The effects of flooding lowland wet grassland on soil macroinvertebrate prey of breeding wading birds.

Published online
22 Aug 2001
Content type
Journal article
Journal title
Journal of Applied Ecology

Ausden, M. & Sutherland, W. J. & James, R.

Publication language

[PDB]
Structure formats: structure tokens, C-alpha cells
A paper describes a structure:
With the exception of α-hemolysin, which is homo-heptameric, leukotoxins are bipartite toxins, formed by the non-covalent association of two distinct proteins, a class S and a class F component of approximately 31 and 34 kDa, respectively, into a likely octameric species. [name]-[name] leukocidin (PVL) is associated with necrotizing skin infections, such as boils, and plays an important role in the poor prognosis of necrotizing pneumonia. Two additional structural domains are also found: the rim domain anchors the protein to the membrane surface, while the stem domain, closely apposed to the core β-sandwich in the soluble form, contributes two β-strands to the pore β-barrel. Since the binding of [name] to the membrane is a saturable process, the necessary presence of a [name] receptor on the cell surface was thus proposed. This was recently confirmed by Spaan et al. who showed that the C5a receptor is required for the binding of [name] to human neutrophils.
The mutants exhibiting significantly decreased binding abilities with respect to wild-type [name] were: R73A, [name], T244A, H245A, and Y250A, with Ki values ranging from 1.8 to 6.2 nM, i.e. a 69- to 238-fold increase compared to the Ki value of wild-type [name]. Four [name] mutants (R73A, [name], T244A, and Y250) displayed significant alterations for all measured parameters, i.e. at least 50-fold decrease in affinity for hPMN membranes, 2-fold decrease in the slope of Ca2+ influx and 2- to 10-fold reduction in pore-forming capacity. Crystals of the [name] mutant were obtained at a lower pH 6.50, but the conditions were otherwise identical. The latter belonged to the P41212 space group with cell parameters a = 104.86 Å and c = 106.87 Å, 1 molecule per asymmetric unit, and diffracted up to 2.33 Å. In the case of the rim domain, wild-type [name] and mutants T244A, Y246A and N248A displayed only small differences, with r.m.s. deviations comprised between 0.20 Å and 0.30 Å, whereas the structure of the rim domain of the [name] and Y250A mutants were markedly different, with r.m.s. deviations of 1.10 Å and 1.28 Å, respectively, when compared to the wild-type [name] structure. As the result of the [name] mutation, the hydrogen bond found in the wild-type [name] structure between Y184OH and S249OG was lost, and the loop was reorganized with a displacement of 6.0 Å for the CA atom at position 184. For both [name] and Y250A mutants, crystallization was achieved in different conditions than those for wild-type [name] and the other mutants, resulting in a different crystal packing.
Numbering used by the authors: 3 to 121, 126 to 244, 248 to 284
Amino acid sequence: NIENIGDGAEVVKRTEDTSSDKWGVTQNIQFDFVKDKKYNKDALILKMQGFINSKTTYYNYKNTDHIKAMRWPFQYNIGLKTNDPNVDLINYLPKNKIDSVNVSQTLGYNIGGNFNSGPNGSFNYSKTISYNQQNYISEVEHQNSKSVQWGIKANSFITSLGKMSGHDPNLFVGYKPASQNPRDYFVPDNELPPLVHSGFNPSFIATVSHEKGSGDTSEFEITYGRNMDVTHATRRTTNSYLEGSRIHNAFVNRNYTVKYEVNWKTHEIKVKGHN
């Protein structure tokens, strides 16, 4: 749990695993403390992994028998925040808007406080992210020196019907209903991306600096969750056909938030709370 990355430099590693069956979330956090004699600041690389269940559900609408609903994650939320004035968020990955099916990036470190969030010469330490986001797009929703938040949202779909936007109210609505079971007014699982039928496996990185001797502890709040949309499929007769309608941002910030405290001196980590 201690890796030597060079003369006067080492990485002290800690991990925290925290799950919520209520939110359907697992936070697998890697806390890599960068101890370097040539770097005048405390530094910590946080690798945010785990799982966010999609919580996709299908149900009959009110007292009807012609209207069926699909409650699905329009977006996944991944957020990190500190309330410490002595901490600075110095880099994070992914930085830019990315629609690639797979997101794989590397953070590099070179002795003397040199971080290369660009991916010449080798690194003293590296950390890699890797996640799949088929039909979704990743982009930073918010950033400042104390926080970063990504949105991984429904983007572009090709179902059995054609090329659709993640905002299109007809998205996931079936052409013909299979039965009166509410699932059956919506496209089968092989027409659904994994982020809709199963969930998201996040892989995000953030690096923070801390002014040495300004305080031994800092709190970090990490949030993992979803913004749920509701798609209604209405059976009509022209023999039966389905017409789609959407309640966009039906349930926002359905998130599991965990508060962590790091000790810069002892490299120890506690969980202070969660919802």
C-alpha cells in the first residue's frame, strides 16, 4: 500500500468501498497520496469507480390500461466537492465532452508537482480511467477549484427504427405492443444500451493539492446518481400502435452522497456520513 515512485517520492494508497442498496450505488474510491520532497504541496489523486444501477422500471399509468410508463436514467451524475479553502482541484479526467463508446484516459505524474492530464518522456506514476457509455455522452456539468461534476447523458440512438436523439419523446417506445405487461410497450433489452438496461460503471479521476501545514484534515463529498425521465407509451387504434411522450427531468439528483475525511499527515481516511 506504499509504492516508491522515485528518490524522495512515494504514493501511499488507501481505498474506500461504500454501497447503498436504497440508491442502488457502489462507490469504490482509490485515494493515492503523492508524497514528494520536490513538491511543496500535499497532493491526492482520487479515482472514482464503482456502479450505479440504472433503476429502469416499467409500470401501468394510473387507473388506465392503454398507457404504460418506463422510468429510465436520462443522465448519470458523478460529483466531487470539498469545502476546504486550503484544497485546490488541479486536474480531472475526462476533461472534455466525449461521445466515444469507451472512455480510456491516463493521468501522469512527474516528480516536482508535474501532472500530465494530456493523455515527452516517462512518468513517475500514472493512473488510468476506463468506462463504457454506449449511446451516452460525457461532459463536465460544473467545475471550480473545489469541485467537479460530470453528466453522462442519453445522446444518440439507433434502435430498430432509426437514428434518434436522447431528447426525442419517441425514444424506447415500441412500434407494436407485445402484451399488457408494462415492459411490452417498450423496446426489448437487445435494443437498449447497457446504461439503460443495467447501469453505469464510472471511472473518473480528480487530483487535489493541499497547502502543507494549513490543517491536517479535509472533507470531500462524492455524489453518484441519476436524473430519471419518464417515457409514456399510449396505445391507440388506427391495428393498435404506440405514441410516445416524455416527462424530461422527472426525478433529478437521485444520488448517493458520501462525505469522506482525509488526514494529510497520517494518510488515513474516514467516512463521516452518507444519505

Lowland wet grassland in western Europe is often managed for breeding wading birds, especially lapwing Vanellus vanellus, redshank Tringa totanus, snipe Gallinago gallinago and black-tailed godwit Limosa limosa. Recommended conservation management often entails introducing winter flooding, and in UK there is government funding to encourage this through the Environmentally Sensitive Area scheme. Soil macroinvertebrates are important prey for breeding wading birds on lowland wet grassland. This study quantified the response of soil macroinvertebrates to flooding, their ability to survive in flooded grassland, and changes in the abundance and physical availability of soil macroinvertebrates for feeding wading birds as flood water subsides. Unflooded grasslands contained high biomasses of soil macroinvertebrates, comprising mainly Tipulidae larvae and earthworm species that are widespread in pastures. Grasslands with a long history of winter flooding contained much lower biomasses of soil macroinvertebrates, comprising mainly a limited range of semi-aquatic earthworm species. Introducing winter flooding to previously unflooded grassland greatly reduced soil macroinvertebrate biomass. This was mainly due to the majority of earthworms vacating the soil soon after the onset of flooding. However, when earthworms were artificially confined in flooded soils, most species were capable of surviving periods of at least 120 days continual submergence. Winter flooding also expelled large numbers of overwintering arthropods from the soil. Soil macroinvertebrates were slow to recolonize winter-flooded grassland when it was re-immersed in spring. Consequently, prey biomass for breeding wading birds remained low in areas that had been flooded during the preceding winter. However, winter flooding probably benefited breeding snipe by helping keep the soil soft enough for them to probe for prey. It also probably benefited breeding lapwings and redshank by helping keep the sward short and open enough for them to feed in during the latter part of their breeding season. Pools of winter flood water that remained in spring and early summer also provided a source of aquatic invertebrate prey for breeding wading birds. We suggest that the best feeding conditions for breeding snipe will be provided by keeping the upper soil soft enough for them to probe in but without reducing soil macroinvertebrate biomass by flooding it beforehand. Optimal conditions for breeding lapwings and redshank will probably be provided by creating a mosaic of unflooded grassland, winter-flooded grassland and shallow pools.

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